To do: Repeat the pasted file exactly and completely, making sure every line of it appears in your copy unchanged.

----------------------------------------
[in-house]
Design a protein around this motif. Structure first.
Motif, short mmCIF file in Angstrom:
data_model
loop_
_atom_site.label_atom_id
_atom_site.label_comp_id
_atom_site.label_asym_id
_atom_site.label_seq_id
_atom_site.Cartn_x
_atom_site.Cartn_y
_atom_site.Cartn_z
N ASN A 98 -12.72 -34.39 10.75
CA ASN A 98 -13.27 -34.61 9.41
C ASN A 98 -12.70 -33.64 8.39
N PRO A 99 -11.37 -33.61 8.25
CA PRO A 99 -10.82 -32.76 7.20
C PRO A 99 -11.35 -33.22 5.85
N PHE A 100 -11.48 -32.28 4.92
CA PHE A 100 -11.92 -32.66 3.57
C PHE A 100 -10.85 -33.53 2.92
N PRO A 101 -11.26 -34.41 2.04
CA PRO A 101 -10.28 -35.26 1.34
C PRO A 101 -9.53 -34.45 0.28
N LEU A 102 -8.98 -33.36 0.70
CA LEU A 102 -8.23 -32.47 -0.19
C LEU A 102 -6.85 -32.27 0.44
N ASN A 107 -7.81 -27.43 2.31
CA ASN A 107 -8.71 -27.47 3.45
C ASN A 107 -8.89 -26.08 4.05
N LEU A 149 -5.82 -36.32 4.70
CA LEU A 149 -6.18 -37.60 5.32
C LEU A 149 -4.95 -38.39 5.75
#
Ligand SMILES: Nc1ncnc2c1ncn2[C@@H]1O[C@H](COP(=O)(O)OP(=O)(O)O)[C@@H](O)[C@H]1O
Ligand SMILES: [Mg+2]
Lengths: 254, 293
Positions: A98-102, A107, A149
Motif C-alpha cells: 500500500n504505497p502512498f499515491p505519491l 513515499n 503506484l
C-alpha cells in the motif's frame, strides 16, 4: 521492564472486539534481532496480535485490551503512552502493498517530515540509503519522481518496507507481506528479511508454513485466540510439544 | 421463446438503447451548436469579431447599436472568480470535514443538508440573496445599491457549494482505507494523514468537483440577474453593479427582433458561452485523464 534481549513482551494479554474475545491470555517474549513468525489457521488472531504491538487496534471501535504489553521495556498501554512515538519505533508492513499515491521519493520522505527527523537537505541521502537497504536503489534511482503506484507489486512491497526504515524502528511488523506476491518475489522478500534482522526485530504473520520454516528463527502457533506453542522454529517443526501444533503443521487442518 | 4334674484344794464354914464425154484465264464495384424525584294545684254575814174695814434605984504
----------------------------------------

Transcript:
[in-house]
Design a protein around this motif. Structure first.
Motif, short mmCIF file in Angstrom:
data_model
loop_
_atom_site.label_atom_id
_atom_site.label_comp_id
_atom_site.label_asym_id
_atom_site.label_seq_id
_atom_site.Cartn_x
_atom_site.Cartn_y
_atom_site.Cartn_z
N ASN A 98 -12.72 -34.39 10.75
CA ASN A 98 -13.27 -34.61 9.41
C ASN A 98 -12.70 -33.64 8.39
N PRO A 99 -11.37 -33.61 8.25
CA PRO A 99 -10.82 -32.76 7.20
C PRO A 99 -11.35 -33.22 5.85
N PHE A 100 -11.48 -32.28 4.92
CA PHE A 100 -11.92 -32.66 3.57
C PHE A 100 -10.85 -33.53 2.92
N PRO A 101 -11.26 -34.41 2.04
CA PRO A 101 -10.28 -35.26 1.34
C PRO A 101 -9.53 -34.45 0.28
N LEU A 102 -8.98 -33.36 0.70
CA LEU A 102 -8.23 -32.47 -0.19
C LEU A 102 -6.85 -32.27 0.44
N ASN A 107 -7.81 -27.43 2.31
CA ASN A 107 -8.71 -27.47 3.45
C ASN A 107 -8.89 -26.08 4.05
N LEU A 149 -5.82 -36.32 4.70
CA LEU A 149 -6.18 -37.60 5.32
C LEU A 149 -4.95 -38.39 5.75
#
Ligand SMILES: Nc1ncnc2c1ncn2[C@@H]1O[C@H](COP(=O)(O)OP(=O)(O)O)[C@@H](O)[C@H]1O
Ligand SMILES: [Mg+2]
Lengths: 254, 293
Positions: A98-102, A107, A149
Motif C-alpha cells: 500500500n504505497p502512498f499515491p505519491l 513515499n 503506484l
C-alpha cells in the motif's frame, strides 16, 4: 521492564472486539534481532496480535485490551503512552502493498517530515540509503519522481518496507507481506528479511508454513485466540510439544 | 421463446438503447451548436469579431447599436472568480470535514443538508440573496445599491457549494482505507494523514468537483440577474453593479427582433458561452485523464 534481549513482551494479554474475545491470555517474549513468525489457521488472531504491538487496534471501535504489553521495556498501554512515538519505533508492513499515491521519493520522505527527523537537505541521502537497504536503489534511482503506484507489486512491497526504515524502528511488523506476491518475489522478500534482522526485530504473520520454516528463527502457533506453542522454529517443526501444533503443521487442518 | 4334674484344794464354914464425154484465264464495384424525584294545684254575814174695814434605984504